Importance Death due to preventable medical error is a leading cause of death, with varying estimates of preventable death rates (14%–56% of total deaths based on national extrapolated estimates, 3%–11% based on single-centre estimates). Yet, how best to reduce preventable mortality in hospitals remains unknown.
Objective In this article, we detail lessons learnt from implementing a hospital-wide, automated, real-time, electronic mortality reporting system that relies on the opinions of front-line clinicians to identify opportunities for improvement. We also summarise data obtained regarding possible preventability, systems issues identified and addressed, and challenges with implementation. We outline our process of survey, evaluation, escalation and tracking of opportunities identified through the review process.
Methods We aggregated and analysed 7 years of review data regarding deaths, review responses categorised by ratings of possible preventability and inter-rater reliability of possible preventability. A qualitative analysis of reviews was performed to identify care delivery opportunities and institutional response.
Results Over the course of 7 years, 7856 inpatient deaths occurred, and 91% had at least one review completed. 5.2% were rated by front-line clinicians as potentially being preventable (likely or possibly), and this rate was consistent over time. However, there was only slight inter-rater agreement regarding potential preventability (Cohen’s kappa=0.185). Nevertheless, several major systems-level opportunities were identified that facilitated care delivery improvements, such as communication challenges, need for improved end-of-life care and interhospital transfer safety.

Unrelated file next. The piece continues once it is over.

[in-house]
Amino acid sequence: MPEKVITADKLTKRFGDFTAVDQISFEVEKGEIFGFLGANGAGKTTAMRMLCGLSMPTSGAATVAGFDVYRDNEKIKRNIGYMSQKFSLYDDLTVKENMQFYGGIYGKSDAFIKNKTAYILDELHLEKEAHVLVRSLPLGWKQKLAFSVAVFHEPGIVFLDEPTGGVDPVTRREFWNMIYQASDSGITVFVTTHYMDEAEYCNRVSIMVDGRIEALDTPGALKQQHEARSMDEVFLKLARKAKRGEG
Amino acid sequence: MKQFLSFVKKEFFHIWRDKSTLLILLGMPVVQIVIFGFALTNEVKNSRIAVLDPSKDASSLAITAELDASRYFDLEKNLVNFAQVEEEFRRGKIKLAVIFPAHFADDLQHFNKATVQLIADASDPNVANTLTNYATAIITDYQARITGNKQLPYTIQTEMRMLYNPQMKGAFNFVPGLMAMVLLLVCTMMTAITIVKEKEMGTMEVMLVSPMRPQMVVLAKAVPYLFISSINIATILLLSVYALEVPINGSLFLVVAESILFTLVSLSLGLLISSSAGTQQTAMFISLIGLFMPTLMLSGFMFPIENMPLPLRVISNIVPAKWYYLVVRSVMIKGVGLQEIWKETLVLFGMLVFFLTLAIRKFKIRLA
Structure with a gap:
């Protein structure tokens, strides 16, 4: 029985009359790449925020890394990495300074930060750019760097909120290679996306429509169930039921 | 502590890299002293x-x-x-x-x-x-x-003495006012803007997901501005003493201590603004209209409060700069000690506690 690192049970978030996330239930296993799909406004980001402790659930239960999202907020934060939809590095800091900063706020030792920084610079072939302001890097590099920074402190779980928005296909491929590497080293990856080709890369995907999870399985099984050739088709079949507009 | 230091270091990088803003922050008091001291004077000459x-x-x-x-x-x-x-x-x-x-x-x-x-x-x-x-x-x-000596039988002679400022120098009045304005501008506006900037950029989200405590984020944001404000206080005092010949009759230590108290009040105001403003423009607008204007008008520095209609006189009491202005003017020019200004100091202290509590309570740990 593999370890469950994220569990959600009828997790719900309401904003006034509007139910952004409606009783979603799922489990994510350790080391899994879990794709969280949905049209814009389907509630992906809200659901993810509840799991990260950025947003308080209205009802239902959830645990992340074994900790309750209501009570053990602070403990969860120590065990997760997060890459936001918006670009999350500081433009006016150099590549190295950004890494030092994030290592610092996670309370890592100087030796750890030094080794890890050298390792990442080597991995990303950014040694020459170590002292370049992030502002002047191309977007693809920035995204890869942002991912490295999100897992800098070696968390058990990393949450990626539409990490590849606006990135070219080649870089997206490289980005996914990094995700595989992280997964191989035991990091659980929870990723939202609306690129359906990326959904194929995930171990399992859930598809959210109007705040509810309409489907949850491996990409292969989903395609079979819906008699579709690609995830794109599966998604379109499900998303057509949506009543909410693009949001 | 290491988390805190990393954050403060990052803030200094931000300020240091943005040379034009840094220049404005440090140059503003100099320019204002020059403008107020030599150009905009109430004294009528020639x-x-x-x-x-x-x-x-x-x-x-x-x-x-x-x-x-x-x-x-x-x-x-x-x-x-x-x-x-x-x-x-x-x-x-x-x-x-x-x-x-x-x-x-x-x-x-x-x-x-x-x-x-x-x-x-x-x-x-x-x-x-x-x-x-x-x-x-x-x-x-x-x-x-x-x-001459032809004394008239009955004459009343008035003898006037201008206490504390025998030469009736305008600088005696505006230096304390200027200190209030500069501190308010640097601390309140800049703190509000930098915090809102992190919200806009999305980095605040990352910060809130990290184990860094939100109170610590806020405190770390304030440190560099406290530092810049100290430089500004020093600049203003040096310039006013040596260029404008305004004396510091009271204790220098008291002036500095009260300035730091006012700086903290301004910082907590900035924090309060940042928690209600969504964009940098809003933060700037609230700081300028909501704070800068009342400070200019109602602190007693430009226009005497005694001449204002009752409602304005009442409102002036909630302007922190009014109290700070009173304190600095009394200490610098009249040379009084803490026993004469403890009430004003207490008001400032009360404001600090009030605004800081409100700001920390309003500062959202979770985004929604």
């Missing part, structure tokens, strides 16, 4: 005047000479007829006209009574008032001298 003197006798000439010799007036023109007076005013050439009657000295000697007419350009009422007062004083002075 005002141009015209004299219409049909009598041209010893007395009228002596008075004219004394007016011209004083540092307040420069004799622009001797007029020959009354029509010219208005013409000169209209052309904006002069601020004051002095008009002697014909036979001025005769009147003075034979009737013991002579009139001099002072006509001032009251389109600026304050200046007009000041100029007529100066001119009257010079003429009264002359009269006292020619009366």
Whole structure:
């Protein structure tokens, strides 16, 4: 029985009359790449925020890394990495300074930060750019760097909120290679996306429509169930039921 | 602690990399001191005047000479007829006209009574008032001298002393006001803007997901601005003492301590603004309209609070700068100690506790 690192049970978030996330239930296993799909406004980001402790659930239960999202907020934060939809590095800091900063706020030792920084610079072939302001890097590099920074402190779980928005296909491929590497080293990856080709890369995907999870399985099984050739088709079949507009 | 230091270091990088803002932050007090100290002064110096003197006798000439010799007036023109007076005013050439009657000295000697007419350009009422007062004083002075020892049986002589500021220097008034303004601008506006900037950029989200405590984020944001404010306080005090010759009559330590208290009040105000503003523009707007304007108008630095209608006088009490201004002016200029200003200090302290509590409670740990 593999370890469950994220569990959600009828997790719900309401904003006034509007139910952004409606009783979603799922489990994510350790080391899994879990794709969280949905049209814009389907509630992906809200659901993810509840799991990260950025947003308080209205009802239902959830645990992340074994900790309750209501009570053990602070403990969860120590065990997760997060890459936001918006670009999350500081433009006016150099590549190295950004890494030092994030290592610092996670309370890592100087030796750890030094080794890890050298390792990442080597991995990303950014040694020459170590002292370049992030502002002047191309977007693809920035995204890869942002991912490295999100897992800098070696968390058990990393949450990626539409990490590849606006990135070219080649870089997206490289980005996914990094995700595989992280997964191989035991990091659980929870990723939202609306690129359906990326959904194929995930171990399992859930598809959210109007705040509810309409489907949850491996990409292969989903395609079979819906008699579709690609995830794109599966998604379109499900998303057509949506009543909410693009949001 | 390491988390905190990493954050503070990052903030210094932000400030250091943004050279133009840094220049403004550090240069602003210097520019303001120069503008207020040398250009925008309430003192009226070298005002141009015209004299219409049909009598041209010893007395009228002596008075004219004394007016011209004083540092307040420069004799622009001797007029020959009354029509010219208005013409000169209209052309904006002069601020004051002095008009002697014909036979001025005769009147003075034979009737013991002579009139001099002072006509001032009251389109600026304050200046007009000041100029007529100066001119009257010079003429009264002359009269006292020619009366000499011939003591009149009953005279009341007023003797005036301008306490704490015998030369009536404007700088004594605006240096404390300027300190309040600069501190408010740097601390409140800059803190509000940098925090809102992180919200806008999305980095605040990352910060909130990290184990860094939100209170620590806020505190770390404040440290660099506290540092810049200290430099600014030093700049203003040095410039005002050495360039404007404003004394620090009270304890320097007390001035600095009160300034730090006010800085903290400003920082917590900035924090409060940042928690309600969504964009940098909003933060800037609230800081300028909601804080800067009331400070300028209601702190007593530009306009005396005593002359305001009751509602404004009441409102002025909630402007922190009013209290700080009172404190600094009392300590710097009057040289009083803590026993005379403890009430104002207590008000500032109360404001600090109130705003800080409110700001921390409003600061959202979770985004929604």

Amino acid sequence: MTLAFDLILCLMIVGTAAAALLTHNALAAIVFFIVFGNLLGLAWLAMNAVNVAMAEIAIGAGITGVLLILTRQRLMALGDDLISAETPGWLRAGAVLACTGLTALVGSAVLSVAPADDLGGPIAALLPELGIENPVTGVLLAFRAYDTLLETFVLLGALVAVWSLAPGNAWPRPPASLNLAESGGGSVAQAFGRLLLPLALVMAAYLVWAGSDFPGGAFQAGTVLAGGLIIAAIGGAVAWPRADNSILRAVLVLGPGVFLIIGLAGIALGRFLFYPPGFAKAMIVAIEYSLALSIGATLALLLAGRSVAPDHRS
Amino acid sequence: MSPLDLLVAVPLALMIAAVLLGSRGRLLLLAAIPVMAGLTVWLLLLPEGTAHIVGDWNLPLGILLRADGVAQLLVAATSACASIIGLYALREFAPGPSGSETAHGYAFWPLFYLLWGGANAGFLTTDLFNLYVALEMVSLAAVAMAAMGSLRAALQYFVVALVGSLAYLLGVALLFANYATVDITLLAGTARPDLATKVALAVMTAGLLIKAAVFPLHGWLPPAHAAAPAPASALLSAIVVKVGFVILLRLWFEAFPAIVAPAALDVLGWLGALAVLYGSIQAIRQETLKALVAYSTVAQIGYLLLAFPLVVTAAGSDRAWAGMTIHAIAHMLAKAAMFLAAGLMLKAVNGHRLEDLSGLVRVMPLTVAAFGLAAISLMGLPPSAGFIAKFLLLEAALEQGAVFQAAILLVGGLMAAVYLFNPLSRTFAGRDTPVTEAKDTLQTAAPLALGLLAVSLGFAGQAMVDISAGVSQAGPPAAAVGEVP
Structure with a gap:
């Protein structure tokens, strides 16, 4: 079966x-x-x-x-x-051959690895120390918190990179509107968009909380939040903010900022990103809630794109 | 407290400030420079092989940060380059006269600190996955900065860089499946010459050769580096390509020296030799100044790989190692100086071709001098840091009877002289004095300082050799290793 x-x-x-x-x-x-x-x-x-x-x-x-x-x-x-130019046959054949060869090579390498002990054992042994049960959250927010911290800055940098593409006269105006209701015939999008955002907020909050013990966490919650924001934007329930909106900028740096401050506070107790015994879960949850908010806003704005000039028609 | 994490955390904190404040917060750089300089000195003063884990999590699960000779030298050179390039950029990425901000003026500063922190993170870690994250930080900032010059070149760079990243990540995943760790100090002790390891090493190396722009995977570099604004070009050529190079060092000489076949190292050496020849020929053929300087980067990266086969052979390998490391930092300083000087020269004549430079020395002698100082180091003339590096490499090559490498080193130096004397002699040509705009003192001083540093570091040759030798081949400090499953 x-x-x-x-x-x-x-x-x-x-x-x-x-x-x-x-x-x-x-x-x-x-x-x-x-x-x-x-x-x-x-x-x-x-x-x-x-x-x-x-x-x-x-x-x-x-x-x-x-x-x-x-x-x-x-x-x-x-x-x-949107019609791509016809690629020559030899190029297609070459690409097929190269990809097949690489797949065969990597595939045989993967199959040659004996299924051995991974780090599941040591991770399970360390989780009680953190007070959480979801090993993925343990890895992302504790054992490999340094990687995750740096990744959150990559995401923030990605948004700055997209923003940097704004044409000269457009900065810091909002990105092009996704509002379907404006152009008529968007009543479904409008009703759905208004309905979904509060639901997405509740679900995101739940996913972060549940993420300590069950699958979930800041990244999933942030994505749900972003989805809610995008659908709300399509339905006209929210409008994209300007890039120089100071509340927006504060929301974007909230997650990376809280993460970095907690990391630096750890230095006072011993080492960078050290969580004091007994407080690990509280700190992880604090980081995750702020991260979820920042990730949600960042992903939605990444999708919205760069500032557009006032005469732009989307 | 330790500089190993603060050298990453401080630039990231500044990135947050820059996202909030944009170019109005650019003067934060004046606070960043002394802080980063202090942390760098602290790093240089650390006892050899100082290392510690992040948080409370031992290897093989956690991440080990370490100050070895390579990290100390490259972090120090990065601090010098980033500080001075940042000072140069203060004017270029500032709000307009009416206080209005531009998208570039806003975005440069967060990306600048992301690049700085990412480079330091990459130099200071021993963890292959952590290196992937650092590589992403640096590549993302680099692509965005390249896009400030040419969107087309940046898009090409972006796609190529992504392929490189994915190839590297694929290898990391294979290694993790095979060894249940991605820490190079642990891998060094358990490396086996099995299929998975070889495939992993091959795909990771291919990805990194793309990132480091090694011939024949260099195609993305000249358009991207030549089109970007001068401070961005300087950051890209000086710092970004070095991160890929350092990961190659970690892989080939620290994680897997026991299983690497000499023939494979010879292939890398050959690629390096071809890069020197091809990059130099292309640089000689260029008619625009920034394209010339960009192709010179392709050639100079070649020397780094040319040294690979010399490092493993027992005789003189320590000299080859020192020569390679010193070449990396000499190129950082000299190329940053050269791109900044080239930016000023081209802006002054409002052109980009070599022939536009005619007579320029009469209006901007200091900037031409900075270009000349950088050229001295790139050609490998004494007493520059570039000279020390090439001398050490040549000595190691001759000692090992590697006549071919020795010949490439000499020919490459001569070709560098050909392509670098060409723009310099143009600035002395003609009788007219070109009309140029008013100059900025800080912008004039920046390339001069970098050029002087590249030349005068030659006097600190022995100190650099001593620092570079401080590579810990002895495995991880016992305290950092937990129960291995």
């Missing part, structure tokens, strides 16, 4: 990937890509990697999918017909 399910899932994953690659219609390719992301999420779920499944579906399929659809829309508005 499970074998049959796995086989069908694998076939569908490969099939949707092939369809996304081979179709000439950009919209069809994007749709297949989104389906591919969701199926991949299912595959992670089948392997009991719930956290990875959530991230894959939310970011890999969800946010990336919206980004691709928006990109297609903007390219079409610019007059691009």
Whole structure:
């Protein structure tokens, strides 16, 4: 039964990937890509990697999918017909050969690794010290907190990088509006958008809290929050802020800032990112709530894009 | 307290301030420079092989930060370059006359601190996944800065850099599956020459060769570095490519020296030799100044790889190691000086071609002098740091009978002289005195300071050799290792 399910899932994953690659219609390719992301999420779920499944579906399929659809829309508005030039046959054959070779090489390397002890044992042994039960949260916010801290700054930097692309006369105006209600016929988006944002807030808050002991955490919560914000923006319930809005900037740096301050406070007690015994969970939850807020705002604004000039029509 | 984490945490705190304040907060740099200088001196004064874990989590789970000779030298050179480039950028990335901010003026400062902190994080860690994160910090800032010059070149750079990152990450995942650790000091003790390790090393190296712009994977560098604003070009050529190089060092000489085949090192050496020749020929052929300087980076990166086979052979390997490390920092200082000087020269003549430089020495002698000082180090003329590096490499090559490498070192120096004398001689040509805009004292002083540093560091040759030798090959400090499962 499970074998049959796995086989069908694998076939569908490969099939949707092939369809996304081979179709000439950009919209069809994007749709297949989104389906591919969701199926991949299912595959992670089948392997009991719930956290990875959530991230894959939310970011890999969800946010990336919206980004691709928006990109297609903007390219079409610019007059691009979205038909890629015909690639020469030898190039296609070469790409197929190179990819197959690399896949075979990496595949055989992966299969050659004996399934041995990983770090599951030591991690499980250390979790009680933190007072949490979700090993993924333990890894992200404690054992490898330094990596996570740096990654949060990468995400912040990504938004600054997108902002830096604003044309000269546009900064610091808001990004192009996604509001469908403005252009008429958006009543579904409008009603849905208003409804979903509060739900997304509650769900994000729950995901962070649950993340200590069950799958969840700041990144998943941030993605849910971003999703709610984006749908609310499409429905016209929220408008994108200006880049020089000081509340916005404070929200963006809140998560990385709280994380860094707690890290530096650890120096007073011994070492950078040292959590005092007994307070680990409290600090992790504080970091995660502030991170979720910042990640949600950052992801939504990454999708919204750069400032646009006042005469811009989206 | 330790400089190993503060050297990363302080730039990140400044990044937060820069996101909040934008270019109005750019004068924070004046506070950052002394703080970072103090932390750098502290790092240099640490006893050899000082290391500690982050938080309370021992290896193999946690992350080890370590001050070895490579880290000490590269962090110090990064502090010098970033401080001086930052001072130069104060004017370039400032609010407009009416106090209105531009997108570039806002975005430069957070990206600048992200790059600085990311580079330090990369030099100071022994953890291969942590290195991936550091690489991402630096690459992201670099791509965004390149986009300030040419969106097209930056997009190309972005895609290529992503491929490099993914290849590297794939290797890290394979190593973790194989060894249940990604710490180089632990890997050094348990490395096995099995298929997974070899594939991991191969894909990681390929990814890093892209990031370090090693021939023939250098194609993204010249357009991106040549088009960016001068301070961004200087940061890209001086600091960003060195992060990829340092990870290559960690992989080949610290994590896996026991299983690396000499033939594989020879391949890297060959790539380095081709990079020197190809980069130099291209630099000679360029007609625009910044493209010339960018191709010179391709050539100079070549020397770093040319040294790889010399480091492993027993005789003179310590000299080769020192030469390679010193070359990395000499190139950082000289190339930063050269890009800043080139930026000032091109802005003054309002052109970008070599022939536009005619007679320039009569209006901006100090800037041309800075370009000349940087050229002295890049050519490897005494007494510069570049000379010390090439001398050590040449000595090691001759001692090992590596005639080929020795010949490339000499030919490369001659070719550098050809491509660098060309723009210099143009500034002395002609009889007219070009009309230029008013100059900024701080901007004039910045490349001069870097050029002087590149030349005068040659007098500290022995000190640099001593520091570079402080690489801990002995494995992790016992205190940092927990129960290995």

Conclusions Through implementation, we found that a hospital-wide mortality review process that elicits feedback from front-line providers is feasible, and provides valuable insights regarding potential preventable mortality and prioritising actionable opportunities for care delivery improvements.
- healthcare quality improvement
- hospital medicine
- incident reporting
- quality improvement
- safety culture
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